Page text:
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Ecological Healing Underway at Bonnet Springs Park

In Lakeland, Florida, Sasaki is transforming an abandoned railyard into a thriving central park for Lakeland. The construction of Bonnet Spring Park will restore the site to a condition where natural species can thrive, leaving the community with not only a park, but an ecological jewel, a cultural magnet, and connected community asset.

The site was a functioning railyard in the early 1900s and played a vital role in moving, storing, and repairing the coal-powered locomotives that fueled the region’s economy. After the railyard closed in 1952, the land on which it sat was abandoned. Recognizing that metro Lakeland is one of the fastest growing regions in the country, a group of Lakeland enthusiasts proposed the creation of Bonnet Springs Park at the abandoned site.

Beginning in 2018, Sasaki has worked with the Bonnet Springs Park board to create and implement a master plan for the park. The master plan includes a diversity of buildings and park programs, including nature-based playgrounds, ecological restoration areas, a nature center, heritage and botanical gardens, event venues, a children’s museum, grand hills with skyline overlooks, treatment wetlands, bridges, lagoons, and a canopy walk. Sasaki is currently conducting construction administration for the entire project, which is being built as a single phase. As the project completes its first steps, Sasaki designers explain the interventions necessary to turn the site into an ecologically healthy destination.

Site Remediation and Mass Earthwork Design

One of the first steps in preparing the site involved addressing its contamination. The site is covered by over 250,000 cubic yards of contaminated soil that contains high levels of arsenic—a byproduct of herbicides commonly used along rail corridors.

Sasaki’s design for Bonnet Springs Park includes sculpting the site from a flat and barren expanse into an undulating series of hills and depressions that block ambient noise, direct breezes, and create a sense of discovery. This approach is both imaginative and practical, since the hills provide a safe and economical way to cover the contaminated soil. Working closely with regulatory agencies and our environmental consultant, Geosyntec, the design team developed a data-driven remediation strategy that matched cleanup targets with proposed uses for the site and eliminated the need to export fill. The project is also enrolled in the Florida Department of Environmental Protection’s Voluntary Cleanup Tax Credit program, which is designed to encourage land owners to remediate sites that are considered “brownfields” due to the presence of contaminants.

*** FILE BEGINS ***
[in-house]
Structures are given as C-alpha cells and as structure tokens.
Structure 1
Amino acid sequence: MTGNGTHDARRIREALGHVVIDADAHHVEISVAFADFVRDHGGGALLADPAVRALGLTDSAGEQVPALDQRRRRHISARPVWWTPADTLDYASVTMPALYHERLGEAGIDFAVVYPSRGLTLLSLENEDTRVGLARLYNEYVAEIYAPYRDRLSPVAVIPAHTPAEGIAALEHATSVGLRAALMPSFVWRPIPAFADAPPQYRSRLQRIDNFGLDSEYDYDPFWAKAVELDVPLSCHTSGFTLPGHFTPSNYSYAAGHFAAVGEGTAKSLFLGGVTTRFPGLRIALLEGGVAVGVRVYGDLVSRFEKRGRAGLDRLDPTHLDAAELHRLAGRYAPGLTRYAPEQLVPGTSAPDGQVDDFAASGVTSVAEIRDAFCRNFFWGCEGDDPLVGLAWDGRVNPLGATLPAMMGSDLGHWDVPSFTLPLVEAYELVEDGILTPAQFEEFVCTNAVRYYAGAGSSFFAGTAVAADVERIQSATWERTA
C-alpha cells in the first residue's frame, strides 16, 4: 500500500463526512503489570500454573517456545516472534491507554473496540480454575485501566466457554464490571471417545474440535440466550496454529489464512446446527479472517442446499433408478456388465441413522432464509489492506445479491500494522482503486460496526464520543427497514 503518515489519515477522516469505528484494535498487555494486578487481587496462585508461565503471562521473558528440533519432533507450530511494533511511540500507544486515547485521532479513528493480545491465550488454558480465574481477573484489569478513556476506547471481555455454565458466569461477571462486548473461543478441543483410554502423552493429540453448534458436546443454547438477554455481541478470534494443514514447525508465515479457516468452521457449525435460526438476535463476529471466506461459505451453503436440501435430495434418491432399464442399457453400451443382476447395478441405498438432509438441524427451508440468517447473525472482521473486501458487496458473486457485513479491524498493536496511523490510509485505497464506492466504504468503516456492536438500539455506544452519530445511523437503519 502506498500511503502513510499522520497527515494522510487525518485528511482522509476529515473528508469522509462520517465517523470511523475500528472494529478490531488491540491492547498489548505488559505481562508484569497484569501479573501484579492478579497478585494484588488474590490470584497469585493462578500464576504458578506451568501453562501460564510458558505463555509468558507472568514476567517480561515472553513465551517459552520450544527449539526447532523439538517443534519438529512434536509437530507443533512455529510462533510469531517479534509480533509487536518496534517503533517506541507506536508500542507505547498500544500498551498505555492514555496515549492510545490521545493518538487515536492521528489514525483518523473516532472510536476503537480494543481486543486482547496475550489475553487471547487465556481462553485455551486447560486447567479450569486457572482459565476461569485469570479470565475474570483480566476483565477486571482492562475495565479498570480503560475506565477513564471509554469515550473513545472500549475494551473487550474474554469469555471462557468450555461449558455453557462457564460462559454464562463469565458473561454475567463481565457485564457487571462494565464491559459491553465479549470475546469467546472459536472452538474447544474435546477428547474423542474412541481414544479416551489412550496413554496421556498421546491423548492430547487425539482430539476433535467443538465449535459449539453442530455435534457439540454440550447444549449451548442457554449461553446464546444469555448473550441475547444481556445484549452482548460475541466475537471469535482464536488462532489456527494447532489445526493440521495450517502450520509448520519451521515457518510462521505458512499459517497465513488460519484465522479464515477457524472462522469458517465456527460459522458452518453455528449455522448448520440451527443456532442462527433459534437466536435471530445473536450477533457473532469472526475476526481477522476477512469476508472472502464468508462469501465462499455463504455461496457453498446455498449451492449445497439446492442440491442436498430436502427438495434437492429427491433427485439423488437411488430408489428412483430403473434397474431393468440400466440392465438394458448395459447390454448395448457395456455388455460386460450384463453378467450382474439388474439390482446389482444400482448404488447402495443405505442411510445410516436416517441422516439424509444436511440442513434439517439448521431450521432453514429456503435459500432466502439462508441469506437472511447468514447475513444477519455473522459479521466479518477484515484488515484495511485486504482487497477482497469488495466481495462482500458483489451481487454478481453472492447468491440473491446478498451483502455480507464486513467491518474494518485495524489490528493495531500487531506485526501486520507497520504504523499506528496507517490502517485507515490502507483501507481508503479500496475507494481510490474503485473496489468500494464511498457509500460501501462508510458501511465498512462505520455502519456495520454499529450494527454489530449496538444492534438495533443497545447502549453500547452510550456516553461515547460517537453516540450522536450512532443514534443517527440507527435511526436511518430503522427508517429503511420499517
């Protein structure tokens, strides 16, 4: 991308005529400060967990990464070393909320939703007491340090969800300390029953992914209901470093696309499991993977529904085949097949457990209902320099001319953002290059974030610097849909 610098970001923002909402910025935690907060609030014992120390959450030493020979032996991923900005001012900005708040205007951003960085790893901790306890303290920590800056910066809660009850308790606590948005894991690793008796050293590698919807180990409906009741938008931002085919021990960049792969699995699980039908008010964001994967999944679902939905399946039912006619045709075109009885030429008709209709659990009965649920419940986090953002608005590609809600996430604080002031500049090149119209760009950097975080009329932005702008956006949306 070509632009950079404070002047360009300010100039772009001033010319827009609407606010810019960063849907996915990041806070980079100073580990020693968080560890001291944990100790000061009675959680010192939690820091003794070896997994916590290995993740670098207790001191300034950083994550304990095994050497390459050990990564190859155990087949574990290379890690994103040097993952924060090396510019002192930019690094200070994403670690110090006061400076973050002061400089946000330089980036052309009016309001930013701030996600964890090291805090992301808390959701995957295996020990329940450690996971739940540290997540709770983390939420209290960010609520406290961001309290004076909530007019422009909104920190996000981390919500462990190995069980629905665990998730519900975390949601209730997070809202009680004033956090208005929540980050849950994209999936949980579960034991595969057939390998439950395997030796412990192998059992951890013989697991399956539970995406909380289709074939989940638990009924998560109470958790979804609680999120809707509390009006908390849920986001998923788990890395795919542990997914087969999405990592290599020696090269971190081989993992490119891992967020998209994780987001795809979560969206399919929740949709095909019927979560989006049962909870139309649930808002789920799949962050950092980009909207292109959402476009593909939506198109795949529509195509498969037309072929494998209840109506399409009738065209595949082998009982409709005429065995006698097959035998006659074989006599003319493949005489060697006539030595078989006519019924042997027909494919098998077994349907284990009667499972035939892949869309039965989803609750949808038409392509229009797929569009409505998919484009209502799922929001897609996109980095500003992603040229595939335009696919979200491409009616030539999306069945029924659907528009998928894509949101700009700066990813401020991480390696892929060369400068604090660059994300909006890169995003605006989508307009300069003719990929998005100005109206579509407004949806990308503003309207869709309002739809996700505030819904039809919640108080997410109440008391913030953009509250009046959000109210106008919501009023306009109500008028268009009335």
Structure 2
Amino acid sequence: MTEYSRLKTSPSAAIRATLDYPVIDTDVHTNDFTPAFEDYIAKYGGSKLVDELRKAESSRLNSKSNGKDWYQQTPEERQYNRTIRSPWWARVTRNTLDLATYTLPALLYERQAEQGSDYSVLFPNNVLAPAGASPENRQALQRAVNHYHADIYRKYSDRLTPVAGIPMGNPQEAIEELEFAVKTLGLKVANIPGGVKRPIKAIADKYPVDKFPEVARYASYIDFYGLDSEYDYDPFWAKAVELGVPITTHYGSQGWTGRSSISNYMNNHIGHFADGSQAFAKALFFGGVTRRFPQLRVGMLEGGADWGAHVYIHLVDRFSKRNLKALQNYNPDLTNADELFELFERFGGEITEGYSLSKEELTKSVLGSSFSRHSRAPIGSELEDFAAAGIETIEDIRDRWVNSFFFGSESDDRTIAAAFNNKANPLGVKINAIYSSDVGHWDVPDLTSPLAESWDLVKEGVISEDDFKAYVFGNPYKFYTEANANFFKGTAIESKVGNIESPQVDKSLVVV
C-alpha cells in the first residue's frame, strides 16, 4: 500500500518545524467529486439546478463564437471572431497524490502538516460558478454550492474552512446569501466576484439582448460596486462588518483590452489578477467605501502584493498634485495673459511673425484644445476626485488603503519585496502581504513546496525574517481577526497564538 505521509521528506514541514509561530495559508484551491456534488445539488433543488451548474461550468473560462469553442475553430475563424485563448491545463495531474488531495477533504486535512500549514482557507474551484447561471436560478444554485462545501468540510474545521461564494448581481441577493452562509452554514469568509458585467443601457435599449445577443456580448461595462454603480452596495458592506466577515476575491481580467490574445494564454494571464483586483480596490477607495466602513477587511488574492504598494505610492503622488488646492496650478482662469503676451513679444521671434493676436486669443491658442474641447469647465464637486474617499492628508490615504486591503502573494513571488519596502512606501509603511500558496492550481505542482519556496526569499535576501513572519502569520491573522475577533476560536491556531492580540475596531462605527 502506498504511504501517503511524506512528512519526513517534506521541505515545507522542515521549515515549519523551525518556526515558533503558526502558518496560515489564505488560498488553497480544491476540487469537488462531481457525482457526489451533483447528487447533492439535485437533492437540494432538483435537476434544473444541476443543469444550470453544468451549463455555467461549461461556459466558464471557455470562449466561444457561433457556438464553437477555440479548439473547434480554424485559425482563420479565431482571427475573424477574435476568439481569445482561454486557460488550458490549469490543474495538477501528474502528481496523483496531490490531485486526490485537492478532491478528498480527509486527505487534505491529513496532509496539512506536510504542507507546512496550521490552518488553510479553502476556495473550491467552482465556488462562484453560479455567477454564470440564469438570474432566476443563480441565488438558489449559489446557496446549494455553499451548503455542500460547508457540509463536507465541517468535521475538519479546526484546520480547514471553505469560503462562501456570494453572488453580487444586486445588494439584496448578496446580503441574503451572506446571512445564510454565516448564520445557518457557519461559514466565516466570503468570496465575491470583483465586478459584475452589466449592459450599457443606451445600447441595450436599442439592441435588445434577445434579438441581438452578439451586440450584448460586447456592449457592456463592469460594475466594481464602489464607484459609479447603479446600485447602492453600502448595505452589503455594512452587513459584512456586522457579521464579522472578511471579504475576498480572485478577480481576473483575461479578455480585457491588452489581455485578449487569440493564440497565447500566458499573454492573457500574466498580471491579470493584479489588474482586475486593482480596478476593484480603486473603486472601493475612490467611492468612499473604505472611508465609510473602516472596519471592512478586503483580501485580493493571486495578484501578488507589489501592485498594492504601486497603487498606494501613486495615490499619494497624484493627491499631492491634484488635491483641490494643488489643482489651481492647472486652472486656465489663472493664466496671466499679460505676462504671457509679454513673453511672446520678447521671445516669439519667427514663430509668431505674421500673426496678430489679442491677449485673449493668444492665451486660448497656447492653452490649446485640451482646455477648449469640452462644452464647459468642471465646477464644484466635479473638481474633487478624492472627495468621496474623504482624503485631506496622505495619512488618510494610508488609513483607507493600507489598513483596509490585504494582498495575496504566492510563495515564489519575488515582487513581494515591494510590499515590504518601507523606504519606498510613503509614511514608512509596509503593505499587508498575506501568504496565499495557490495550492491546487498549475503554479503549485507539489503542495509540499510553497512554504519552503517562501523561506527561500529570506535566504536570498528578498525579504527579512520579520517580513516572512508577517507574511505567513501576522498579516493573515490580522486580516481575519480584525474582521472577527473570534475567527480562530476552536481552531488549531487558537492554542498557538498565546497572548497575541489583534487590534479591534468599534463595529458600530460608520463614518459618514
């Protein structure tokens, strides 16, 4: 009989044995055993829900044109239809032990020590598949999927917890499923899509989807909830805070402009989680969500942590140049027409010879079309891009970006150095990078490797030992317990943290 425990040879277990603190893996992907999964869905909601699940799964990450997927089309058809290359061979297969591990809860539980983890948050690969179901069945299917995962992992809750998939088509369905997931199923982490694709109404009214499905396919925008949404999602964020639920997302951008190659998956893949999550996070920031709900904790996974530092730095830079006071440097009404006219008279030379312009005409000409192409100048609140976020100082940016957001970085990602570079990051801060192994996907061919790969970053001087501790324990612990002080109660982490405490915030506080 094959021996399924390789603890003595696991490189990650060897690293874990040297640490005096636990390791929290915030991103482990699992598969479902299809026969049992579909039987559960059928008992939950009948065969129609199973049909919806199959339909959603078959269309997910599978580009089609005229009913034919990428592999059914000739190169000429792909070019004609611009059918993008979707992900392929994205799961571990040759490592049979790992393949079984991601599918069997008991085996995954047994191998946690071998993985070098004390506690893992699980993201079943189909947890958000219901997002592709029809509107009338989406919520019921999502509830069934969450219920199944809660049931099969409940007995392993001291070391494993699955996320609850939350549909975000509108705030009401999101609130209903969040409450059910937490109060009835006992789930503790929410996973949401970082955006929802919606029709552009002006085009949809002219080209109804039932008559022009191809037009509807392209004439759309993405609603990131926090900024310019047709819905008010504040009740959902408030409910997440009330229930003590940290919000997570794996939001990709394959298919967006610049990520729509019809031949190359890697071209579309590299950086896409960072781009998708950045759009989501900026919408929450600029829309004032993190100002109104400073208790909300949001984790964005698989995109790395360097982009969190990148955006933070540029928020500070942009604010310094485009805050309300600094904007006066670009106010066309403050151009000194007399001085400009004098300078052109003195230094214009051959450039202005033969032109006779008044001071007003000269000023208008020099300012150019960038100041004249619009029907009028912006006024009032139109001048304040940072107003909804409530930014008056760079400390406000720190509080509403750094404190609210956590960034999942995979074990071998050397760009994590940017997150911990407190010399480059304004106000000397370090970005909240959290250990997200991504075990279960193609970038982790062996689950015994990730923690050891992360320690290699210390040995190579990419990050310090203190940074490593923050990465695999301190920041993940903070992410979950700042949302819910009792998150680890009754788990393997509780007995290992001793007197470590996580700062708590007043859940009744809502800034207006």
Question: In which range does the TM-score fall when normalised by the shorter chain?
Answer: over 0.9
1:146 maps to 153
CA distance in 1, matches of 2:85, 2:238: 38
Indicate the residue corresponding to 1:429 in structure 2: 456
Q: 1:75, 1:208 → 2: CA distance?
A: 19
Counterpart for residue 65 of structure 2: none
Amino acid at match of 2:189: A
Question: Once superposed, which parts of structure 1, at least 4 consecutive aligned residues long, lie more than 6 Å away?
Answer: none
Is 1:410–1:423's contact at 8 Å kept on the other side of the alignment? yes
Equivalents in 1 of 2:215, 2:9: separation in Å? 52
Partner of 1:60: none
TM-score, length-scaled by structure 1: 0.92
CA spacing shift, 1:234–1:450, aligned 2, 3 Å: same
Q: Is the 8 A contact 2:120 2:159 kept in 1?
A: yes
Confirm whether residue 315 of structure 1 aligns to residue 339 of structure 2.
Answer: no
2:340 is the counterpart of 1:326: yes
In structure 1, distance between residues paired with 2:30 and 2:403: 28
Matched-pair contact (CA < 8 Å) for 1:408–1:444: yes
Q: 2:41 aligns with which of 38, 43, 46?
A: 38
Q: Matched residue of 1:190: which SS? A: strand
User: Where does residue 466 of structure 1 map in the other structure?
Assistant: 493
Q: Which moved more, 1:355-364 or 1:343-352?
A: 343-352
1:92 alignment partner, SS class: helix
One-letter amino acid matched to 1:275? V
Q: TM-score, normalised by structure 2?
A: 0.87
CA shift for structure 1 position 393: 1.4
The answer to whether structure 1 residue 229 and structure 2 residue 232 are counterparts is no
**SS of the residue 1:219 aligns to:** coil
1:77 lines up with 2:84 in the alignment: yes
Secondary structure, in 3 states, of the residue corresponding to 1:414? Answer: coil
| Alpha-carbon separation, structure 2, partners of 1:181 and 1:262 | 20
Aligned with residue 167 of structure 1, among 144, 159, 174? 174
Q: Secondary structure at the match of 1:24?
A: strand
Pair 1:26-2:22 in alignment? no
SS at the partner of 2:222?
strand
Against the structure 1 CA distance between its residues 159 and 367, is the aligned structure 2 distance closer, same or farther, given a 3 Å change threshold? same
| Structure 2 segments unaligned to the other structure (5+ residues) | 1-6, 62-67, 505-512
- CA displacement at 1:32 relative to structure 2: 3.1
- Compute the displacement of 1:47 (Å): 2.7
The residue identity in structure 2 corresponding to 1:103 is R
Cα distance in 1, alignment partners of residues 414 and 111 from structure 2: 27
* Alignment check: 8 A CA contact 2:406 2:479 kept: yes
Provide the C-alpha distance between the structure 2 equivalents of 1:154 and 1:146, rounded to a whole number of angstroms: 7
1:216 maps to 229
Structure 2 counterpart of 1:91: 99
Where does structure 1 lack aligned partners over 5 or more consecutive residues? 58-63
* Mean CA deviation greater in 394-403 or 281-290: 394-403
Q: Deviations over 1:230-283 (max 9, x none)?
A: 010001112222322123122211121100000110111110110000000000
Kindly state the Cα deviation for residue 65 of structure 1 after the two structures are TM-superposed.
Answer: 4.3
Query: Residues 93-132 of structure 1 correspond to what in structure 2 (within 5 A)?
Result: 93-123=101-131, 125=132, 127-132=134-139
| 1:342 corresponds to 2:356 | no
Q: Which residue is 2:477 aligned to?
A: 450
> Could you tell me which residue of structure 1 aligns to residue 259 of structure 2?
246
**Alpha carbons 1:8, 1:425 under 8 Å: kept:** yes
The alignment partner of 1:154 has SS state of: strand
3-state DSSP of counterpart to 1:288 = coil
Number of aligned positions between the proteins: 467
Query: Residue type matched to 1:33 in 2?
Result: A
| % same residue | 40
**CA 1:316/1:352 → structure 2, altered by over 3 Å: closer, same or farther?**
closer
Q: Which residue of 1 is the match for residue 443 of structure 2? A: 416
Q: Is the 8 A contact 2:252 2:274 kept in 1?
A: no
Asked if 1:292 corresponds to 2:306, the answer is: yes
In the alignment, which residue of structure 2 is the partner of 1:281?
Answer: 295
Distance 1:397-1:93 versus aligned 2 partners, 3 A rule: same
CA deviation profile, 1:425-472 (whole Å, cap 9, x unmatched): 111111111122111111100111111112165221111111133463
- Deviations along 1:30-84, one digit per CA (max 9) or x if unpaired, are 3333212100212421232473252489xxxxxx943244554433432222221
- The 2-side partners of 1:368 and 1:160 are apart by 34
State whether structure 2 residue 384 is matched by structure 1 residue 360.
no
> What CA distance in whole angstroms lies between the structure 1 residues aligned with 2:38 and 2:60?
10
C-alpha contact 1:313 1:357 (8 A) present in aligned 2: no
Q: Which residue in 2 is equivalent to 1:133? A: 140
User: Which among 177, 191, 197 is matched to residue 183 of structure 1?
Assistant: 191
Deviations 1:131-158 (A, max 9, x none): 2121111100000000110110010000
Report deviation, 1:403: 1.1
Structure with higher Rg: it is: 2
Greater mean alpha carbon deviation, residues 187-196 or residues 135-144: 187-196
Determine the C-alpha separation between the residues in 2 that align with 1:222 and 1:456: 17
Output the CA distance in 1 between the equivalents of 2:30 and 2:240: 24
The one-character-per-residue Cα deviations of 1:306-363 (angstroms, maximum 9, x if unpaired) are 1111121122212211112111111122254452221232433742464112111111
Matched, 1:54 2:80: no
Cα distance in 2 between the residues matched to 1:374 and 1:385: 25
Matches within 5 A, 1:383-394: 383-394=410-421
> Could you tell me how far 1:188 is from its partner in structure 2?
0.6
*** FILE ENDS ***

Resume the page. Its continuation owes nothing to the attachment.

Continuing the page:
A New Hydrological Regime

A large portion of the site required extensive site remediation to eliminate arsenic and petroleum contaminants. In addition, Lake Bonnet and the nearby natural springs were among the most heavily polluted and disturbed watersheds in Lakeland.  This was in part due to both the site’s contamination, but a more significant contributor is the more than 200 acres of off-site urban runoff from the adjacent highway and neighborhoods that flow through the park. As this water has flowed through the site over the years, it scoured and destabilized the banks within the spring corridor, and introduced significant levels of nitrate, phosphates, hydrocarbons, turbidity, and trash into the spring corridor and lake. Additionally, heritage trees along the banks had root crowns exposed, and in some cases toppled into the stream bed, occasionally damming and causing flooding in the corridor.

Sasaki completely re-engineered the existing stormwater system, using a diverse range of green infrastructure strategies to capture, redirect, and mitigate the on-site and off-site watersheds. The new hydrological regime diverts the drained water into a new pipe and brings it to a lagoon, preventing erosion of the spring corridor. The first flush of contaminated stormwater is diverted from this pipe to provide stormwater treatment on its way to Lake Bonnet. This runoff is routed through a structural treatment device for debris removal and primary treatment before being released within the Botanical Garden, first into an armored forebay, then through a winding wet meadow composed of a mix of native and adapted species designed to slow the water, absorb nutrients, and facilitate hydrocarbon biodegradation. This water passes through a swale and into a primary settlement pond, which also serves as an accent within the gardens. The water is piped to a new retention lagoon at the foot of the sloping woodland to minimize impact to existing heritage trees. The lagoon is a nearly 7-acre basin where the water can decelerate, settle, and percolate through a 1,300-linear-foot edge of forested wetlands before being released into Lake Bonnet.

The development of this plan required diverse regulatory authority approval, including Florida Department of Transportation, the City of Lakeland, and the Southwest Florida Water Management District. Upon completion, the new watershed will provide a clean recharge of water to Lake Bonnet, and along with the native species design, over time will contribute to a healthy spring-fed riparian corridor and an enhanced habitat, a boon for the park as well as the adjacent neighborhoods that front on the west end of the lake.

Learn more about stormwater management systems on the EPA’s website. Read more about Bonnet Springs Park here.

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